Home News The Baseball Project mixes the national pastime with great guitar work

The Baseball Project mixes the national pastime with great guitar work

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Any baseball fan knows that music and the great American pastime overlap a bit. There are walk-up songs, after all, ballpark DJs and an organist playing pump-up tunes. And then there’s The Baseball Project, a guitar-centric quintet whose all-star musicians include half of Rock and Roll Hall of Fame act R.E.M. — five die-hard baseball fans who write, perform and record irresistible original songs inspired by their favorite sport.

Their debut album, “Volume 1: Frozen Ropes and Dying Quails,” hit it out of the park in 2008 with 13 engaging tracks offering up such songs as “Fernando,” about iconic Los Angeles pitcher Fernando Valenzuela, “Sometimes I Dream of Willie Mays” — arguably the most beloved San Francisco Giant of all time — and “The Death of ‘Big Ed’ Delahanty,” which addressed the short life, but brilliant career of this early-era baseball power hitter.

Three albums later, the Baseball Project is still going strong, finding plenty of musical inspiration in a seemingly endless supply of decades-old stories and modern-day tales about the game.

“We are really big baseball fans,” says vocalist-guitarist Steve Wynn, who is best known for his work in the L.A. rock act Dream Syndicate in the ‘80s. “We really do follow the game every single day of the season. It’s not even like where you’d think we’d have to say, ‘OK, time to put aside a little time to think about baseball.’ We think about baseball pretty often.”

Baseball Project vocalists Scott McCaughey performs during concert at the Guild Theatre in Menlo Park, Calif., on Thursday, Sept. 21, 2023. (Ray Chavez/Bay Area News Group)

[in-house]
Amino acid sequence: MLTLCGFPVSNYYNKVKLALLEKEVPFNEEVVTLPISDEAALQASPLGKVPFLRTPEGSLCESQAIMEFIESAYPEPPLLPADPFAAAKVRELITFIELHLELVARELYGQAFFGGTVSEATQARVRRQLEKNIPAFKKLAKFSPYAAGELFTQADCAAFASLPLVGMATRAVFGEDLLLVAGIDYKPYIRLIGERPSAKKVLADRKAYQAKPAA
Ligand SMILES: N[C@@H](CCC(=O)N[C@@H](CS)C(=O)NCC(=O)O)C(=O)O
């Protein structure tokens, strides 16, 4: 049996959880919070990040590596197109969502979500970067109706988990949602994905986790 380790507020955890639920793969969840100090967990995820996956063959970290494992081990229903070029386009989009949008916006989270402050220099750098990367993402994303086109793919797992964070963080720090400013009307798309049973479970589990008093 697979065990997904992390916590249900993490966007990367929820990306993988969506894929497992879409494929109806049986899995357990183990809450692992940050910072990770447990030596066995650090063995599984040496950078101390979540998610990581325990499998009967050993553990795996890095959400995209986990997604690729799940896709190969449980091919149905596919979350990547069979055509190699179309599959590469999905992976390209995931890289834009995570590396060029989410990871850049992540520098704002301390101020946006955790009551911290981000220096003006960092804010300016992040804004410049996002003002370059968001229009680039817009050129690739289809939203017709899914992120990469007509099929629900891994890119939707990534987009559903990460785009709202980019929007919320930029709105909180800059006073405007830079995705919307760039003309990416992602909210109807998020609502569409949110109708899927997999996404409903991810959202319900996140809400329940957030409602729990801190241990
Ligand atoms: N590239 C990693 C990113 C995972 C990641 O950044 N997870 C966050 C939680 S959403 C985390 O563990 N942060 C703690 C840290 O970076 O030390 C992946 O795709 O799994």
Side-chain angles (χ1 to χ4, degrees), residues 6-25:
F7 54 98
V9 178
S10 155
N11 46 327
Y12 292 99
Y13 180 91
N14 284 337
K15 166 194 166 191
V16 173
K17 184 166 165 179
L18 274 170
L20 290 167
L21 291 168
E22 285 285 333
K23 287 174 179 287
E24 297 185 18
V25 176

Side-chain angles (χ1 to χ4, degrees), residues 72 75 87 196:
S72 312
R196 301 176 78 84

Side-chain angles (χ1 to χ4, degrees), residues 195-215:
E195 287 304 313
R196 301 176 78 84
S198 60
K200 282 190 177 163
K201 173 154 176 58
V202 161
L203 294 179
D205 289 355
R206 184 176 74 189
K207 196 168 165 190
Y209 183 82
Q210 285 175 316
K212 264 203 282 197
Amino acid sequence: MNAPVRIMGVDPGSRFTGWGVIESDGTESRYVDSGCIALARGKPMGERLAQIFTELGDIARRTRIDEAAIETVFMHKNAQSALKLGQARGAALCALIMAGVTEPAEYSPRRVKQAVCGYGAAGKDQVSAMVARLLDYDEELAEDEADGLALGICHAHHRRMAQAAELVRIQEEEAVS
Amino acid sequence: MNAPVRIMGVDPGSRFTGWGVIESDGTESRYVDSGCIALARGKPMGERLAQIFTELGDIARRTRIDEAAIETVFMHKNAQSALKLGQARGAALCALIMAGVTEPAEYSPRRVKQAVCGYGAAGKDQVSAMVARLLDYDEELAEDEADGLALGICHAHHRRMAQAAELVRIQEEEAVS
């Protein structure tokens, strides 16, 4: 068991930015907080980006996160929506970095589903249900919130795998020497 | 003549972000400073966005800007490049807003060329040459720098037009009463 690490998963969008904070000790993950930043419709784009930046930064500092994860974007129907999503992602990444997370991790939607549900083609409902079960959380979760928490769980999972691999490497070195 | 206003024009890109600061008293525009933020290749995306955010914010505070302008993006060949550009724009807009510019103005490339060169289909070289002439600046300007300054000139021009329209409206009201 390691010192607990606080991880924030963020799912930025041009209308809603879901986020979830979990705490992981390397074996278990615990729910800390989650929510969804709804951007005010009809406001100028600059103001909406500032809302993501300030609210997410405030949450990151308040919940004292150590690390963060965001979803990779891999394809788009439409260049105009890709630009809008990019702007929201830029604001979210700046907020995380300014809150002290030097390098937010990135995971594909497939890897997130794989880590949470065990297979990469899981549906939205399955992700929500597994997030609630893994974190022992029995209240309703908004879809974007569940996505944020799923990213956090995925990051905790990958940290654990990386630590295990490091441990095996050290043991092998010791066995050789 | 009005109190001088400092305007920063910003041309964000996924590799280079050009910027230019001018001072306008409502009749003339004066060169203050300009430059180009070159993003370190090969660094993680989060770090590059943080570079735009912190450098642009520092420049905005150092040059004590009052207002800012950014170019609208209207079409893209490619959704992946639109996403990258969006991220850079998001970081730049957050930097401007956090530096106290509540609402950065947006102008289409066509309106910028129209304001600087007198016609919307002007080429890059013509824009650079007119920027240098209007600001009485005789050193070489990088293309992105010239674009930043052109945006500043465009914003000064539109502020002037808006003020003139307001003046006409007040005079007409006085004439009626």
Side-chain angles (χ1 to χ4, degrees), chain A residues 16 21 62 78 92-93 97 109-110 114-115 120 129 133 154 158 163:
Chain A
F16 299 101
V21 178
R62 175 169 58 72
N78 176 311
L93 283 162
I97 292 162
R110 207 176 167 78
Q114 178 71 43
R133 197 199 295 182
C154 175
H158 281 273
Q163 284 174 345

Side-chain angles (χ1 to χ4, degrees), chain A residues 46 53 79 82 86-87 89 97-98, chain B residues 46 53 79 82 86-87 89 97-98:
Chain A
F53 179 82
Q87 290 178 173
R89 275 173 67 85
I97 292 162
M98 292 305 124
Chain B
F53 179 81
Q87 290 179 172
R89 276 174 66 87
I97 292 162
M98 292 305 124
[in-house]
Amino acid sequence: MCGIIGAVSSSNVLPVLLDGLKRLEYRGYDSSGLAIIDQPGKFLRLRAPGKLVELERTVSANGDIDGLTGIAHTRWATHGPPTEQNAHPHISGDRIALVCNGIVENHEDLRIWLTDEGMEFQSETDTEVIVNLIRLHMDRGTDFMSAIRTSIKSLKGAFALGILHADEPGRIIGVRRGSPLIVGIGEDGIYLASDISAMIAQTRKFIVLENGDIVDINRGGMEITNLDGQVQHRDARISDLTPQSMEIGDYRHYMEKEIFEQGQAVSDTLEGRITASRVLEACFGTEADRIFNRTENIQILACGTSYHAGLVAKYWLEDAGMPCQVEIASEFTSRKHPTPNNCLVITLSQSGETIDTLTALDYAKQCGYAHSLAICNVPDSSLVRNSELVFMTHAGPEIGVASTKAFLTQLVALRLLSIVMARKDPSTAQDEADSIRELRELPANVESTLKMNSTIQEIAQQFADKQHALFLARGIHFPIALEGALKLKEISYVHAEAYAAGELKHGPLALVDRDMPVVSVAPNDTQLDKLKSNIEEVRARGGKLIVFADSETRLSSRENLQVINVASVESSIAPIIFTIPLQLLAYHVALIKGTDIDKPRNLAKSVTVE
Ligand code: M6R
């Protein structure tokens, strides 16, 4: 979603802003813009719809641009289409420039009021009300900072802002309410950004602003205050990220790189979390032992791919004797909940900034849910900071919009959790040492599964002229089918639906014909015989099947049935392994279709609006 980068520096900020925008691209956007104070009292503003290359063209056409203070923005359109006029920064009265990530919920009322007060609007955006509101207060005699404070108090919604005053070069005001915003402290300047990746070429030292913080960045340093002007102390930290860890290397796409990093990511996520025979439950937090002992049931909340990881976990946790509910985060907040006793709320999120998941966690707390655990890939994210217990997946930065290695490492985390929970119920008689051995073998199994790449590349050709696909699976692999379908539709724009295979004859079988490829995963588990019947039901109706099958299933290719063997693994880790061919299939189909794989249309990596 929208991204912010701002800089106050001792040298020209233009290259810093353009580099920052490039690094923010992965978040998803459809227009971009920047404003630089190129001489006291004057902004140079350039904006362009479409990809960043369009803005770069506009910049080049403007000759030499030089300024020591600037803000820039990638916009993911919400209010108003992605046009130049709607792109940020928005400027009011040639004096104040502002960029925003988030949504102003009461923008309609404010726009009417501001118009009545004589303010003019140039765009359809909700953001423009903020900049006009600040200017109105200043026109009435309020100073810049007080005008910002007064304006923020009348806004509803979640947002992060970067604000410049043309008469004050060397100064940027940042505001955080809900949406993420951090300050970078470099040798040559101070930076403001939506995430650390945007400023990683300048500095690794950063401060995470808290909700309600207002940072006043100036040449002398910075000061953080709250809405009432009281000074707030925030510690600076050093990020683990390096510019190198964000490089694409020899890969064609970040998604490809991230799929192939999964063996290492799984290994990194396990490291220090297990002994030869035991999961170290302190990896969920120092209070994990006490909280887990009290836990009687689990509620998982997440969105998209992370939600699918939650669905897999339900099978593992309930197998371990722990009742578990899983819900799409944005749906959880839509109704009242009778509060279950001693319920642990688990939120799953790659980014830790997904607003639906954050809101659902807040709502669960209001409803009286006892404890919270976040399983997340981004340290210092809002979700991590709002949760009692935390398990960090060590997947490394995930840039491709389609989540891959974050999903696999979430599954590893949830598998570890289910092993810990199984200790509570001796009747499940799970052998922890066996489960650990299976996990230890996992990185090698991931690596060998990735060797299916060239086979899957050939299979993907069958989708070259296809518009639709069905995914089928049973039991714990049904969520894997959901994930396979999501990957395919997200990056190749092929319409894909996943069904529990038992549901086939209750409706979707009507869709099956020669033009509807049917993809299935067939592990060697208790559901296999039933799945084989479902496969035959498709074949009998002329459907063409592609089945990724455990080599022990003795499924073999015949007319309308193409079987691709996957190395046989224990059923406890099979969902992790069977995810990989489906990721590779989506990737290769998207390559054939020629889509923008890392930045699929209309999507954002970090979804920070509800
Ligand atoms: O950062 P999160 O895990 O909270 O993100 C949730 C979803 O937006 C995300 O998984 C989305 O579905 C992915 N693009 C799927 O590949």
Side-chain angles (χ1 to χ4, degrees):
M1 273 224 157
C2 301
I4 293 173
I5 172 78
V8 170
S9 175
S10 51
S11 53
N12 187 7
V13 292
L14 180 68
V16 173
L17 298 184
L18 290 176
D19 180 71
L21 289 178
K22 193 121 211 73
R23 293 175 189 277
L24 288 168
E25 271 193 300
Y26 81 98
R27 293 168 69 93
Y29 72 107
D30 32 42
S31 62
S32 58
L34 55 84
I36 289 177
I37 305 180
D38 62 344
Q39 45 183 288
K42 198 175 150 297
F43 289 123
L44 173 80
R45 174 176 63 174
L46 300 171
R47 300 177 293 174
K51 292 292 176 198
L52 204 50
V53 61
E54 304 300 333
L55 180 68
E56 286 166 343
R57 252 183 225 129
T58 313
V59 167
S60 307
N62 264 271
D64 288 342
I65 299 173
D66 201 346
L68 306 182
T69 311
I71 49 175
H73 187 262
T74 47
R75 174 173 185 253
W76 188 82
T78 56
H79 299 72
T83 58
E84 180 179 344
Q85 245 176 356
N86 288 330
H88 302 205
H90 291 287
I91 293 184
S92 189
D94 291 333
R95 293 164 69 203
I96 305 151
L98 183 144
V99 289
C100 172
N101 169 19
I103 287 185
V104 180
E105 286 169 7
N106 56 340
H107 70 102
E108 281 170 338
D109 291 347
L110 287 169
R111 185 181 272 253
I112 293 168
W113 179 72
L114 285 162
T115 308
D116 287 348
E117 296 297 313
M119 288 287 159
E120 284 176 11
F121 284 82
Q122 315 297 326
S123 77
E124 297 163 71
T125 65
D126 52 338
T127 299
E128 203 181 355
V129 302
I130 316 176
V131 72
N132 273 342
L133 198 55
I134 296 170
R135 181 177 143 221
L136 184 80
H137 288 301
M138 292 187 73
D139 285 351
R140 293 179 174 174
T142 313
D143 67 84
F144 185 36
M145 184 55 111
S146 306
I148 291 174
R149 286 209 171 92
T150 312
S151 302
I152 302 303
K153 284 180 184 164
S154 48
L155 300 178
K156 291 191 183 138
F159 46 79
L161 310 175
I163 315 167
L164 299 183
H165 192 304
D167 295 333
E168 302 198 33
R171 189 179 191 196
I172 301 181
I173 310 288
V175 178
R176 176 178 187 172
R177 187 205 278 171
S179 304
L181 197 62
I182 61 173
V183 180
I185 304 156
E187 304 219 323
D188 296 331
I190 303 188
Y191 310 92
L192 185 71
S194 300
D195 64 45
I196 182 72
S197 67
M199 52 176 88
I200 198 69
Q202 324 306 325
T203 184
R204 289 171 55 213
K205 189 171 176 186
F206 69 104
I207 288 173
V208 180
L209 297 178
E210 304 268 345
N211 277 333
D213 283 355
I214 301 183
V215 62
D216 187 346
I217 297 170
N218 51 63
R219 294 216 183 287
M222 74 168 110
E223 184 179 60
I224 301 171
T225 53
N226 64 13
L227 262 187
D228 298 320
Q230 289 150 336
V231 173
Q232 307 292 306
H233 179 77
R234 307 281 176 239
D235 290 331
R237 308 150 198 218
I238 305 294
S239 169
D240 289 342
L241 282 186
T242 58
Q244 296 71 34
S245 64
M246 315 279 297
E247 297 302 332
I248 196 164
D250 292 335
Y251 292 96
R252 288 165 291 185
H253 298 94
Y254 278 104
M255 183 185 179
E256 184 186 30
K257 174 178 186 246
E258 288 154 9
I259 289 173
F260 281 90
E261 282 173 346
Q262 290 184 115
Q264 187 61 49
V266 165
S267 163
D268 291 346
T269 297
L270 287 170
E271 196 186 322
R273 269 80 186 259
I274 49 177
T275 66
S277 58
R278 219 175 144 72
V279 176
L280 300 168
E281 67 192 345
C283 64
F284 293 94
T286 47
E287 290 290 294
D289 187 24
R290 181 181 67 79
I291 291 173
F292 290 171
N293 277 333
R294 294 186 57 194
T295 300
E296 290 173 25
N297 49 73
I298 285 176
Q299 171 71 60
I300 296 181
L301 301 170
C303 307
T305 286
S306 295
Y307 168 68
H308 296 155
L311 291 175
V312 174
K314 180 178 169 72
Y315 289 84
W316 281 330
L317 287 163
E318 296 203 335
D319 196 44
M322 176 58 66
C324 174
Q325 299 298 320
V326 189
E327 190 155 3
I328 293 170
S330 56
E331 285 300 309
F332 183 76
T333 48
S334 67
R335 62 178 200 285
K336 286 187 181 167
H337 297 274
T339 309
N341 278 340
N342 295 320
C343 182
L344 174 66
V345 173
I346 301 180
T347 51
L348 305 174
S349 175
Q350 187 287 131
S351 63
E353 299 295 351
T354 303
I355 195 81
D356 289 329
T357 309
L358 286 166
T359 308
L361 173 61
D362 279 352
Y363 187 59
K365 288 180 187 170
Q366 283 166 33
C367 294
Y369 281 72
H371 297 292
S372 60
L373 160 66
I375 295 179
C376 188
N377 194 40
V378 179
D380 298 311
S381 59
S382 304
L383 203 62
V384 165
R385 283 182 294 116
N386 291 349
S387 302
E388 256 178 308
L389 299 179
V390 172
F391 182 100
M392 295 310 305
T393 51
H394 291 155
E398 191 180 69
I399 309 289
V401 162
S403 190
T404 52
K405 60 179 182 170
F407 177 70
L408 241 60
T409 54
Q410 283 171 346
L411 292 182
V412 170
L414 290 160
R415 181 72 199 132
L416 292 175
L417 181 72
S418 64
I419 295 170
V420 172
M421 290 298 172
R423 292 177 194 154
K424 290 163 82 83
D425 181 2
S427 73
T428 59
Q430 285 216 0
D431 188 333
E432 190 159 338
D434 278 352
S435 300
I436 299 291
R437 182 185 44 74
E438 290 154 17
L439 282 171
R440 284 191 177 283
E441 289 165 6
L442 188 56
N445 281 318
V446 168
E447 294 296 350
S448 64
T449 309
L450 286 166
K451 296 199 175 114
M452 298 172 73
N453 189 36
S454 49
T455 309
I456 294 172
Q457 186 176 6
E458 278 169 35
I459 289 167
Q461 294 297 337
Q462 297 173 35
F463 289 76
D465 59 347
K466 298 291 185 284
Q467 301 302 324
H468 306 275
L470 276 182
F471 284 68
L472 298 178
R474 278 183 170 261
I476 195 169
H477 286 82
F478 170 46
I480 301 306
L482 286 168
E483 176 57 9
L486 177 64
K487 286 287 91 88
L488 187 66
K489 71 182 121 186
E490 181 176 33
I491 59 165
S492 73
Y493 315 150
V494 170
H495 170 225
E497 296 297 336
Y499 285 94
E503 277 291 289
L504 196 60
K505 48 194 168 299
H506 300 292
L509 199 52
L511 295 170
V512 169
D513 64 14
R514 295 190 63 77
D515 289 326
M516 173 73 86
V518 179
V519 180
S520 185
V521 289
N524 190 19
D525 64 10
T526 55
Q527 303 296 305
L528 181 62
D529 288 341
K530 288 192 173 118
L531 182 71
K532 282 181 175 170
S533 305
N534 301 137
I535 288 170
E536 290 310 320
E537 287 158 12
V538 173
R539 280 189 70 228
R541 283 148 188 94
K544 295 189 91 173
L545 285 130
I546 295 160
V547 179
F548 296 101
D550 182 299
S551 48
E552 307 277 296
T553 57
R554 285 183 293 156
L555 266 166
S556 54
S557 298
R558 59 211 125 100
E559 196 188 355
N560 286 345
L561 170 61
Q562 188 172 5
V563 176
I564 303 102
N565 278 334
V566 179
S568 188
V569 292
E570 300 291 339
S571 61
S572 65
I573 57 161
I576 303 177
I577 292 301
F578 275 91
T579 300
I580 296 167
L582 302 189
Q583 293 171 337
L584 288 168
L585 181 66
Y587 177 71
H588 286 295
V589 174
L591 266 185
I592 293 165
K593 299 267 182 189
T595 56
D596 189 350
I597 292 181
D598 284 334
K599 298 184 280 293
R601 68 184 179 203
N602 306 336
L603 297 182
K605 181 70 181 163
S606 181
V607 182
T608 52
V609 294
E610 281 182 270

Baseball Project vocalists Scott McCaughey performs during concert at the Guild Theatre in Menlo Park, Calif., on Thursday, Sept. 21, 2023. (Ray Chavez/Bay Area News Group) 

That passion leads to an abundance of ideas for song topics. You’ll find “The Voice of Baseball,” about Dodgers broadcaster Vin Scully, “Screwball” and “Journeyman” on the band’s fourth album — “Grand Salami Time!” — which was released last summer

“There is never any shortage of ideas or material for things to write about,” Wynn says. “I wish all my other projects were that easy, because it is pretty natural and effortless with this band.”

Wynn is one of five all-stars in this three-guitar-driven rock outfit. The other members include vocalist-guitarist Scott McCaughey (the Fresh Young Fellows, the Minus 5) and drummer Linda Pitmon (Filthy Friends) as well as half the original R.E.M. lineup — guitarist Peter Buck and bassist Mike Mills.

It’s a group with strong Bay Area ties, too: Buck was born in Berkeley; McCaughey grew up in Saratoga, and Wynn is a UC Davis alum. So their performance at Menlo Park’s Guild Theatre in September — part of a 27-city national tour to support the new album — was a homecoming for the band, with plenty of local fans on hand for the show.

Baseball Project performs during concert at the Guild Theatre in Menlo Park, Calif., on Thursday, Sept. 21, 2023. (Ray Chavez/Bay Area News Group)
Baseball Project performs during concert at the Guild Theatre in Menlo Park, Calif., on Thursday, Sept. 21, 2023. (Ray Chavez/Bay Area News Group) 

“I moved (to the Bay Area) in 1963, became a Giants fan instantly and then became an A’s fan, when they came in ’68, too,” says McCaughey, who attended Saratoga High School before moving to Seattle to start the Young Fresh Fellows. “I liked having both teams there. They are still my teams.”

He talks warmly about some of his earliest experiences watching baseball here.

“I saw some great Giants teams in the ‘60s, but they were always frustrated in the end,” he says. “But that was a great team to root for when you were a kid — Willie Mays, Willie McCovey, Juan Marichal, Gaylord Perry.”